6. Okay - I'm off to bed. I'll try a re-post in the morning. Civil, mechanical, electrical or pansy-waffu, just to give me some idea whether we need the Janet and John version or can up to Ladybird?
  7. Telecommunications Engineering 1988. It was very heavy on physics, maths and some chemistry. I have a vague grasp of quantum mechanics and the philosophies behind it (or should that be in front of it?) including wave theory.
  8. Plane old English, would probably be a good start.
  9. If someone's read a few books on QM then they may get the basic gist of things, but I think the main part where people become lost is through professional jargon, which we all do. Superposition, superimosable, quibits, eponymous gedanken-ogram (ref Schrodinger's experiment) and possibly even macroscopic. These are all terms which people do not come across if they're not familiar with QM. But then QM is not a subject that can be explained easily...

    This video may help a bit:

  10. Okay, here we go.

    One of the weird things about quantum, whether mechanics or field theory (QM is the 1+1 dimension spacetime simplification of QFD, which is normally still done in 3+1 dimension spacetime rather than any of the 'interesting' additional dimension theories because the maths is just horrid), is the "superposition state". Basically, particles can be in situation where they have one or more facts about them fundamentally uncertain - usually, in experiments, this is the "spin" state of the particle or the polarisation of a wave but those are not mandatory, they are just the easiest to engineer. (Please note that this is nothing to do with Heisenberg's Uncertainty Principle - which is about the fundamental limit on the ability to get accurate measurements of both position and momentum and is seen as a hard physics limit on divine omniscience.)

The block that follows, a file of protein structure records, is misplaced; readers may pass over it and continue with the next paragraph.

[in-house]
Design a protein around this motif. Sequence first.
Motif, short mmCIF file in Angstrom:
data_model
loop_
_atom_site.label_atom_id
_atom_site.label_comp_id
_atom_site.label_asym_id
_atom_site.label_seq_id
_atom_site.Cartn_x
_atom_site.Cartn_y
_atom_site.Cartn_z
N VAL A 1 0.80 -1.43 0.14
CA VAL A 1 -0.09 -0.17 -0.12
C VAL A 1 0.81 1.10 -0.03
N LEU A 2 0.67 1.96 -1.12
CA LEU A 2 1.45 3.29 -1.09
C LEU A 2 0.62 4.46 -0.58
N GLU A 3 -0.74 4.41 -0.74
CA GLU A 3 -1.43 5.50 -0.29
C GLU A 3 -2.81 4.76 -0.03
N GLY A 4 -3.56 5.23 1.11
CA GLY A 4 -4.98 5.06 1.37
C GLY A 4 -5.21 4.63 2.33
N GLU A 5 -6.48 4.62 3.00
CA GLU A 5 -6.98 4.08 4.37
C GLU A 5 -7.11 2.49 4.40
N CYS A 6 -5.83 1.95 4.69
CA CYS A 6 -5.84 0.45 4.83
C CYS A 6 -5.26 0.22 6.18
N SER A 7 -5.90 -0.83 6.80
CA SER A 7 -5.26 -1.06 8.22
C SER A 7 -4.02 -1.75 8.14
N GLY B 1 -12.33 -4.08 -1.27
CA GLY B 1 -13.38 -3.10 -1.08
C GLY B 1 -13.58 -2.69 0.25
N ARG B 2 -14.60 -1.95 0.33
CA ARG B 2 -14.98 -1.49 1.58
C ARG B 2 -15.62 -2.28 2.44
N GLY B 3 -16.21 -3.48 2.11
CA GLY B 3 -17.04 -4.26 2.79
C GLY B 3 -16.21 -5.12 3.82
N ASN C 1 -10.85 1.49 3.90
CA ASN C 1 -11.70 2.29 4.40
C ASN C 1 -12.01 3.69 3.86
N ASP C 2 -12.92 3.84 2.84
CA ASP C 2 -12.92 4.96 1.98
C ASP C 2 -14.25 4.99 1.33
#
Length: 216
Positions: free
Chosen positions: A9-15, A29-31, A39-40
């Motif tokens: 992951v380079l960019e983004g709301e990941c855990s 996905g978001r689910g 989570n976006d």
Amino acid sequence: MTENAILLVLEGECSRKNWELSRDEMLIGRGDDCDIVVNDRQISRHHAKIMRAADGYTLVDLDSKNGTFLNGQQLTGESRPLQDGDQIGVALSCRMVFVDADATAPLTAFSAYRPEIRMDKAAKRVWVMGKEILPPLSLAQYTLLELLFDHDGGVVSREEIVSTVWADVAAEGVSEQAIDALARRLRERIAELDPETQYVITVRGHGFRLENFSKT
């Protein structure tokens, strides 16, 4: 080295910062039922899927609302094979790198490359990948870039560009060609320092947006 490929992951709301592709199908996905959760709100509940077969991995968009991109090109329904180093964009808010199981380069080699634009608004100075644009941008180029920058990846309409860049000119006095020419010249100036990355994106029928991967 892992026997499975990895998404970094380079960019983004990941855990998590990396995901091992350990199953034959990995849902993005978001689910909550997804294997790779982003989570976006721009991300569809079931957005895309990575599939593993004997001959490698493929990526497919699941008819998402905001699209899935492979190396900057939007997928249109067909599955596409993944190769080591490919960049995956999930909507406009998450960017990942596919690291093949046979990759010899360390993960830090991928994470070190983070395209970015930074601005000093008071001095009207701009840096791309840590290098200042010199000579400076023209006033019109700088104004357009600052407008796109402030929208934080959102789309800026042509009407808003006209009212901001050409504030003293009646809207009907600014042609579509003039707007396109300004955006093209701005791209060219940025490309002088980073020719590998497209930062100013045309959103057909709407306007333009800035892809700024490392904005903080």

So, a particle can have this characteristic and it isn't actually fixed by the universe. But you can measure it. Either by constructing an experiment or by the particle being in a position where the characteristic makes a difference. At that point the characteristic becomes fixed. Quite often (but not always) these particles are generated in pairs and the characteristics are linked - usually that they must either be identical or opposite - this is known as quantum entaglement. If those pairs are separated and the characteristic fixed for one by measurement, the characteristic for the other is also immediately fixed, which can be confirmed by a later measurement. And by "immediately", I mean "simultaneously" in the general relativity sense of "there is no such thing as simultaneous". This being one of the points where QM and relativity disagree. According to experimental results, QM is right. And whatever propagates this change, if anything, travels infinitely fast (i.e. much, much faster than the speed of light in vacuum as measured by an observer at rest. This is technically just another view of the same disagreement between QM and GR.)